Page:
Mobile Advertisers’ Supercookies Invade Your Holiday Shopping

Cookies make web browsing convenient by saving our user names and passwords as well as other unique identifiers about us from one web session to the next. Cookies are also a treat for marketers as they uniquely identify visitors and when combined with web traffic logs, provide advertisers your focused browsing habits and specific buying interests. Online retailers rely heavily on cookies to customize their websites so shoppers see ads and products that are tailored to their interests. So when cookies aren’t enough, mobile advertisers target online holiday shopping with supercookies. These same supercookies are invading your privacy, but are they unstoppable?

Mobile ad blockers are no match for supercookies

First revealed back in 2011 by researchers at Stanford University, supercookies are cookies that cannot be erased by normal means. They were first being used by websites like Hulu and MSN. In 2014, The Washington Post revealed that some telecommunications companies were tracking their customers with supercookies by injecting code into network traffic without consent. The firms eventually allowed users to opt-out and drop supercookie mobile tracking to placate customers. Ever since Apple enabled ad blocking apps in their app store, advertisers have been looking for more robust and stealthy ways to track activity. Here again, supercookies find themselves indispensable since they cannot be disabled simply by blocking mobile ads and all too often, are enabled by default in your mobile device.

Supercookies throw off shopper and advertiser relationship balance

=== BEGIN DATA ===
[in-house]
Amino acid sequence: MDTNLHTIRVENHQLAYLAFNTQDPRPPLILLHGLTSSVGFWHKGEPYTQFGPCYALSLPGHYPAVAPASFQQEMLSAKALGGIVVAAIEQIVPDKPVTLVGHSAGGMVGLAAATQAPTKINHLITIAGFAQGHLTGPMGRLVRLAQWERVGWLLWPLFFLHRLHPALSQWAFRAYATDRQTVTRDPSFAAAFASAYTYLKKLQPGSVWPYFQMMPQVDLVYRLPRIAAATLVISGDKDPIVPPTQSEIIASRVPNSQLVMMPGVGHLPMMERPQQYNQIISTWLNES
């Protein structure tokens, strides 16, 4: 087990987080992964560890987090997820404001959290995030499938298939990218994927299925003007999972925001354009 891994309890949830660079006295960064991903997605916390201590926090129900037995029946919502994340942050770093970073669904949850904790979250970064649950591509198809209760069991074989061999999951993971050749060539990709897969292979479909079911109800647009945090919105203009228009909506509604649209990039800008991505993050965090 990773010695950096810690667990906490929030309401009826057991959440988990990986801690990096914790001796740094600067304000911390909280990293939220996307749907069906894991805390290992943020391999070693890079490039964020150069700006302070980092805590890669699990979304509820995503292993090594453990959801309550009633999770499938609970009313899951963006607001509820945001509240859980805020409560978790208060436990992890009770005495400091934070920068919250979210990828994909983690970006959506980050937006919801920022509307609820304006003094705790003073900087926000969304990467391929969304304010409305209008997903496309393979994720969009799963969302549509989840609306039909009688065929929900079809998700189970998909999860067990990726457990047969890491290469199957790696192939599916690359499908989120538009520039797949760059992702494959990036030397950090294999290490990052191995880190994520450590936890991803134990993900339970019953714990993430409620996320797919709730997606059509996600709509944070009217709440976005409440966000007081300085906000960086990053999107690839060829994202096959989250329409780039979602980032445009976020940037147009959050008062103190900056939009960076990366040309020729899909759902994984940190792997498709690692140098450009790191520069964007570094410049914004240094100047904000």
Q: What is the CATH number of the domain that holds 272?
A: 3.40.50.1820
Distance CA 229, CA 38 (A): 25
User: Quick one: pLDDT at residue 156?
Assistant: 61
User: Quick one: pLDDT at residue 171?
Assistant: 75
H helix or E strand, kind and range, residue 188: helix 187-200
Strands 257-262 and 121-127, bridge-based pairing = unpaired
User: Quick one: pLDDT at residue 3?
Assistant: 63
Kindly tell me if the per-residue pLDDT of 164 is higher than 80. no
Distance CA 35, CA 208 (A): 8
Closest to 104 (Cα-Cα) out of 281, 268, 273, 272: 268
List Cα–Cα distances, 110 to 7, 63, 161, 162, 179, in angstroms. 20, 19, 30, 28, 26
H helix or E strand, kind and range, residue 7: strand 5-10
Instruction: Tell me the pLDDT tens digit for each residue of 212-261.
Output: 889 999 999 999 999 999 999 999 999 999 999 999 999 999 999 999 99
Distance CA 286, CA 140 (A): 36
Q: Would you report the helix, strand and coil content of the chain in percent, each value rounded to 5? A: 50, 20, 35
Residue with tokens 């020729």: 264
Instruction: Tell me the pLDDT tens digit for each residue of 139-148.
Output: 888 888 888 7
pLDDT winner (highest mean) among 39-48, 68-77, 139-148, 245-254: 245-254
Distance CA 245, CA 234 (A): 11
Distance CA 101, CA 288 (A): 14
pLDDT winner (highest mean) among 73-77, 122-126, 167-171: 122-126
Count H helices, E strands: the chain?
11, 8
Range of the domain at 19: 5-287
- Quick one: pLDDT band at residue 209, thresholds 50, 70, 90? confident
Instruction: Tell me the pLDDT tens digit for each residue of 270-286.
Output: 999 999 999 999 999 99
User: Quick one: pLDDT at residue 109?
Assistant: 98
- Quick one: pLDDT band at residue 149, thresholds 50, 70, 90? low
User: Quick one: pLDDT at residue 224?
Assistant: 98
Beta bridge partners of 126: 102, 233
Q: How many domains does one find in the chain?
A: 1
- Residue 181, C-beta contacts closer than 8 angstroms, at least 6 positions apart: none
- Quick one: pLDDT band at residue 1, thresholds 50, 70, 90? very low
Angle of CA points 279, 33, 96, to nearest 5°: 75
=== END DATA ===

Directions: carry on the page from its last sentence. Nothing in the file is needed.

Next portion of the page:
Many shoppers trade anonymity and privacy for convenience in their shopping. This online shopping experience is fine so long as there is a give and take and some degree of transparency. Shoppers allow retailers to ‘observe’ their online shopping patterns by sending them targeted ads in trade for the convenience of not having to remember usernames and passwords. Everyone is happy unless the deal feels lopsided or one party is not forthcoming about what they’re doing.

Even your private browsing mode cannot avoid supercookies

Today, most of our favorite websites utilize supercookies to track users with unique data packages specifically designed to circumvent the privacy filter on both desktop and mobile browser.  Supercookies cleverly take advantage of alternate storage areas in our browsers allowing unique pieces of code to be permanently stored.  This code is difficult to remove and allows retailers to learn your browsing habits even if you block your cookies or delete them altogether.  So even when your browser is set to ‘private’ or ‘incognito’ mode, you are not free from supercookies.

Protecting your privacy by managing your supercookie diet

There are a few things you can do to protect your online privacy and manage your diet of supercookies.  Some programs allow you to save specific desired cookies used for trusted banking or stock trading sites and also selectively delete undesirable cookie and supercookie tracking. Cookies are one thing but until advertisers and carriers are more transparent in their data collection efforts, we will continue to see all types of resistance to supercookies.

Scott Schober

Scott Schober
CEO | Author | Speaker | Cyber Security & Wireless Expert 
at Scott Schober LLC

Scott has lectured and presented extensively regarding cybersecurity and corporate espionage at numerous conferences around the globe. He has recently overseen the development of several cell phone detection tools used to enforce a “no cell phone policy” in correctional, law enforcement, and secured government facilities. He is regularly interviewed for leading national publications, and major network television stations including Fox, Bloomberg, Good Morning America, CNN, CCTV, CNBC, & MSNBC. He is the author of “Hacked Again” and writes, “In a modern digital world no one is safe from being hacked, not even a renown cybersecurity expert.”